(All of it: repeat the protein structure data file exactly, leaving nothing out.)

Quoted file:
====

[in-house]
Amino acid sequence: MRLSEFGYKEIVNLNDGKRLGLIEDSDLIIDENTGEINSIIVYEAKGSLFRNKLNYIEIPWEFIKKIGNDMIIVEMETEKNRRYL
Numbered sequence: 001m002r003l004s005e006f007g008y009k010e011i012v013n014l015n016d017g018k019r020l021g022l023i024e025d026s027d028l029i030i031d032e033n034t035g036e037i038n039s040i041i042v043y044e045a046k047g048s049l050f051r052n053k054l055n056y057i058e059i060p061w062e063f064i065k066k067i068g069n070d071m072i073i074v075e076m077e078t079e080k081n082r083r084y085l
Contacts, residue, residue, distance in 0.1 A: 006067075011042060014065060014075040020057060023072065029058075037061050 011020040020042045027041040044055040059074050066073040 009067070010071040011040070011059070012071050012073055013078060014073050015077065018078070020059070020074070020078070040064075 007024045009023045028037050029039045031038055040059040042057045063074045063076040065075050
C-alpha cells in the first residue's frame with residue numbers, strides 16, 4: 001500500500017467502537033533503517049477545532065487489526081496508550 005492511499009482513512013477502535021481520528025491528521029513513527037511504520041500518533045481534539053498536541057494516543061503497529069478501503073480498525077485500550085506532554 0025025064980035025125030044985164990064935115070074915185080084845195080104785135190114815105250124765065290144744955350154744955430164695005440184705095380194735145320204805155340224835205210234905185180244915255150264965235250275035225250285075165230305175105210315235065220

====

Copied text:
[in-house]
Amino acid sequence: MRLSEFGYKEIVNLNDGKRLGLIEDSDLIIDENTGEINSIIVYEAKGSLFRNKLNYIEIPWEFIKKIGNDMIIVEMETEKNRRYL
Numbered sequence: 001m002r003l004s005e006f007g008y009k010e011i012v013n014l015n016d017g018k019r020l021g022l023i024e025d026s027d028l029i030i031d032e033n034t035g036e037i038n039s040i041i042v043y044e045a046k047g048s049l050f051r052n053k054l055n056y057i058e059i060p061w062e063f064i065k066k067i068g069n070d071m072i073i074v075e076m077e078t079e080k081n082r083r084y085l
Contacts, residue, residue, distance in 0.1 A: 006067075011042060014065060014075040020057060023072065029058075037061050 011020040020042045027041040044055040059074050066073040 009067070010071040011040070011059070012071050012073055013078060014073050015077065018078070020059070020074070020078070040064075 007024045009023045028037050029039045031038055040059040042057045063074045063076040065075050
C-alpha cells in the first residue's frame with residue numbers, strides 16, 4: 001500500500017467502537033533503517049477545532065487489526081496508550 005492511499009482513512013477502535021481520528025491528521029513513527037511504520041500518533045481534539053498536541057494516543061503497529069478501503073480498525077485500550085506532554 0025025064980035025125030044985164990064935115070074915185080084845195080104785135190114815105250124765065290144744955350154744955430164695005440184705095380194735145320204805155340224835205210234905185180244915255150264965235250275035225250285075165230305175105210315235065220